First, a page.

Last Thursday, Apple announced that it has entered into a deal to buy some parts of Dialog Semiconductor, a European iPhone chipmaker, in a deal that is valued at approximately $600 million (£454 million).
Apple will gain some of the patents as well as a team of engineers from the chip designer. It will also guarantee a three-year contract for Dialog to continue building the chips for the iPhone and iPad products of the tech giant.
The said transaction is considered as the largest of its kind that is ever entered by Apple, beating out the $350 million acquisition of Primesense, the Face ID pioneer, way back in 2013.
The share price of Dialog in Germany increased to as high as 34 percent as the news of the said acquisition was released. It was able to recover some of the losses that it took when it said that Apple was planning to use other manufacturers for the chips used in its products in future.
The sales to Apple count for approximately three-quarters of the annual revenue of the company, which it expects to decrease to around 35 to 40 percent in 2022.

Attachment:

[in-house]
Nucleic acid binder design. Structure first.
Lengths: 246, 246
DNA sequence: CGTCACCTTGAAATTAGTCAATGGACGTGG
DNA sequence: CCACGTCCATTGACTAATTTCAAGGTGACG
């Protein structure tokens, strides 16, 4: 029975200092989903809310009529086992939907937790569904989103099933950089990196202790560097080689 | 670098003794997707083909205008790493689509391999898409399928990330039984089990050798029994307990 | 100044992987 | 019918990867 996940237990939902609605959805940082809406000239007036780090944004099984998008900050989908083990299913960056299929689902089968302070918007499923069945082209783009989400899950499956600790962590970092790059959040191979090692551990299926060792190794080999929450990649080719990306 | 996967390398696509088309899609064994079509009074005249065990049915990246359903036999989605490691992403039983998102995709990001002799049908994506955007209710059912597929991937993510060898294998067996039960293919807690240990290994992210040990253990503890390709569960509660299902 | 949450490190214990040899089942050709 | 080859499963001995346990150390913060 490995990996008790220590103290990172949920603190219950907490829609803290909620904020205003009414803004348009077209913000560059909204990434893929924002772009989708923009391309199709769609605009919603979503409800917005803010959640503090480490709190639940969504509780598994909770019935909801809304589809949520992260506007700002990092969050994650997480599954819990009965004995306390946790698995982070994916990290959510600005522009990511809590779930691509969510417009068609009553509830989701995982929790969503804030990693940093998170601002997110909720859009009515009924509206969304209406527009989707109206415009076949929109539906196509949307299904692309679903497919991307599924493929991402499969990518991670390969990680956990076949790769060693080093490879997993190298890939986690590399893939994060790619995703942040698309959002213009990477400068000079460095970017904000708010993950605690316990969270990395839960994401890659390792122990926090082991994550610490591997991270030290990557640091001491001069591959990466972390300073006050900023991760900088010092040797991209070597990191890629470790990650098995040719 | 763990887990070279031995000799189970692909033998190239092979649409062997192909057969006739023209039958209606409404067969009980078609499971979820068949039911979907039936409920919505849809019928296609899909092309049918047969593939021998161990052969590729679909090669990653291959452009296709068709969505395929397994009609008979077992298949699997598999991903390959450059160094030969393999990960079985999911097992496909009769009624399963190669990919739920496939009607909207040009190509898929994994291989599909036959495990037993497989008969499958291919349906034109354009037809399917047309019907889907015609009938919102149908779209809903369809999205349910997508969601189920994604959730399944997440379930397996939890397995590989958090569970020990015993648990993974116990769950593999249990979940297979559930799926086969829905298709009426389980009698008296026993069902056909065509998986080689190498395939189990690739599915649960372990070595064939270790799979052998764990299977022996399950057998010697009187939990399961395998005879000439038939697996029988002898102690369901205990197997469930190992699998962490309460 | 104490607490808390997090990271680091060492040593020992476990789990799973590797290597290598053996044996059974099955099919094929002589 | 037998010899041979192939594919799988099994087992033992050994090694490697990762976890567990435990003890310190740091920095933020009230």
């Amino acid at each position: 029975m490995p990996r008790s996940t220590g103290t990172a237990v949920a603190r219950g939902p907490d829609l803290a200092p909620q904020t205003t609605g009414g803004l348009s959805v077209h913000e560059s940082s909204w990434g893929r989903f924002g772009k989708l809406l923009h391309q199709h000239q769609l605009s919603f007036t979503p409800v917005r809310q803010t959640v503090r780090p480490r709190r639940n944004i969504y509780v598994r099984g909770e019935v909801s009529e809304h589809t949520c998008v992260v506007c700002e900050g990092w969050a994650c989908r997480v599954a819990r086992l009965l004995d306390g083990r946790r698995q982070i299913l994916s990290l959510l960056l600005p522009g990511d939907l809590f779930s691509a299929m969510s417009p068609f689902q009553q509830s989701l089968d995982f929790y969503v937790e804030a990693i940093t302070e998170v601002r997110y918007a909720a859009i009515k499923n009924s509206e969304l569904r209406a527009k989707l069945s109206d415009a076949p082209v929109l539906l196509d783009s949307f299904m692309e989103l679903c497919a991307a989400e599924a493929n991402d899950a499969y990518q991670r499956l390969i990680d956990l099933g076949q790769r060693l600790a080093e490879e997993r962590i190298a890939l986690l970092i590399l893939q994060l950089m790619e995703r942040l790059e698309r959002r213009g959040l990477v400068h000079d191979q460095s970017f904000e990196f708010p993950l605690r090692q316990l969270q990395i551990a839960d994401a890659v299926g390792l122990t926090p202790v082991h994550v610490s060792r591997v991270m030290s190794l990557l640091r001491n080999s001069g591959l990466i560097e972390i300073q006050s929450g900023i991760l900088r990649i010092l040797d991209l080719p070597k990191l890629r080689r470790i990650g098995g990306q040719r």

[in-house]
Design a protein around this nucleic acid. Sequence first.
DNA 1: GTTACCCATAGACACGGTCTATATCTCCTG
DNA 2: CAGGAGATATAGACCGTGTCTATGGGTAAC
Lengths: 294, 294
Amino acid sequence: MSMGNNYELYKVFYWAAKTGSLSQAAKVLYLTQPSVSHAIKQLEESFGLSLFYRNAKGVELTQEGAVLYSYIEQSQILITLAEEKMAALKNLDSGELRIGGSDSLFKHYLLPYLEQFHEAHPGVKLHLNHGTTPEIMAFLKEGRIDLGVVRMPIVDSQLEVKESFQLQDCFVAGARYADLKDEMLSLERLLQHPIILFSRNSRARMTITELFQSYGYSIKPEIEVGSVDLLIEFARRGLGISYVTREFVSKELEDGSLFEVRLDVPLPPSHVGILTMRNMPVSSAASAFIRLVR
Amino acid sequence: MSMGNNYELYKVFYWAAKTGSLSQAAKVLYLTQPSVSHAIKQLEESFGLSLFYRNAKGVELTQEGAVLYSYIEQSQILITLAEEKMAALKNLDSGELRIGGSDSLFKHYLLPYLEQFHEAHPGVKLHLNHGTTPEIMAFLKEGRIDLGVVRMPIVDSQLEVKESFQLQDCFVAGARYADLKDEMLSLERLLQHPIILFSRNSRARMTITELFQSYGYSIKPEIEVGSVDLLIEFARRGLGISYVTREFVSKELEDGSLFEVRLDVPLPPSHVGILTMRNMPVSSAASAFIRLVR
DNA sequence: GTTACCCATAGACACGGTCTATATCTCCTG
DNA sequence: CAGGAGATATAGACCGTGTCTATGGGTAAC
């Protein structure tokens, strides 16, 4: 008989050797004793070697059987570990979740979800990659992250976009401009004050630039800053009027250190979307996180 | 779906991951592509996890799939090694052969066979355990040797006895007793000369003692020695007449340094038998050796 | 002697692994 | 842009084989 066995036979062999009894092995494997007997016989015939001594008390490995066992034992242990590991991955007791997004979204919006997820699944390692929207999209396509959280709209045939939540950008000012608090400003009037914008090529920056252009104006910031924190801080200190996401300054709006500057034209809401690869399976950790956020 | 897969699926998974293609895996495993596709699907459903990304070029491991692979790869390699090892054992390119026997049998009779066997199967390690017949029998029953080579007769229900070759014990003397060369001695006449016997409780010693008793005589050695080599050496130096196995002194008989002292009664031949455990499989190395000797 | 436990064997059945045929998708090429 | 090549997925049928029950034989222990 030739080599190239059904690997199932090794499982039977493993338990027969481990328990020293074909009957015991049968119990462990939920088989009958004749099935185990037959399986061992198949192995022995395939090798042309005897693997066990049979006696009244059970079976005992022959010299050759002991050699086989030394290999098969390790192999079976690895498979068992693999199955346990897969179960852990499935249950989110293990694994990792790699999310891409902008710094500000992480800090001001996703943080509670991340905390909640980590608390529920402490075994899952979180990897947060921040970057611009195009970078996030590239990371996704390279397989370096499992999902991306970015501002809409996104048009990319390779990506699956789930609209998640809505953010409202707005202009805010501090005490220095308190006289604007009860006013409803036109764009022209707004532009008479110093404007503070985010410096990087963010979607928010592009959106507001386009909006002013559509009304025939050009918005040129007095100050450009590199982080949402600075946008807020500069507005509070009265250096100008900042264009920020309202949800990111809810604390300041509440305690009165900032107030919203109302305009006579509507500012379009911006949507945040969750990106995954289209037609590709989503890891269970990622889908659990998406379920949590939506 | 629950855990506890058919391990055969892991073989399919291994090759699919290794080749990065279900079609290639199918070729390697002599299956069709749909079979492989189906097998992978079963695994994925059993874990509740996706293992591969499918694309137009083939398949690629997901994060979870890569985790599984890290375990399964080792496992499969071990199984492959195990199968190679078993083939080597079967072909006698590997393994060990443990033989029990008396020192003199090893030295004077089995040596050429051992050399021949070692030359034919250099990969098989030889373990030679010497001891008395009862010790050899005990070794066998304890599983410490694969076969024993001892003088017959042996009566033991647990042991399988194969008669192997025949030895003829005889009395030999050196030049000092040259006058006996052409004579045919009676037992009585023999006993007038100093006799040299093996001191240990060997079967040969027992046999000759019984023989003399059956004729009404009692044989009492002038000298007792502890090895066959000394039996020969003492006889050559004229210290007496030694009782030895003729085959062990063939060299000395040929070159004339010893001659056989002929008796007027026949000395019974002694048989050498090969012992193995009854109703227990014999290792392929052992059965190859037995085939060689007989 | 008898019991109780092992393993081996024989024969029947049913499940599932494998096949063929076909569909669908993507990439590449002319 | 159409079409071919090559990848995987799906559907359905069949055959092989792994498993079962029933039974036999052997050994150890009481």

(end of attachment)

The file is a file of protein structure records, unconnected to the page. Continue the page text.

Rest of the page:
In an interview with Reuters, Jalal Bagherli, its chief executive, said that he now intends to concentrate on creating a “managed, smooth” transition of Dialog Semiconductor as it starts to expands into new territories, including the sector of the Internet of Things which houses products including watches and smart speakers.
Some of the 300-strong team that is heading to Apple will come from the offices of Dialog in Swindon, as well as Germany and Italy. It is believed that they will be joining the existing chip design centres of Apple in Munich and St Albans.
The deal is expected to close in the first half of the coming year. Dialog is anticipating annual operational savings that will amount to around $35 million from the said deal. A share buyback programme will now be initiated for up to 10 percent of the stocks of Dialog, after its next quarterly trading update.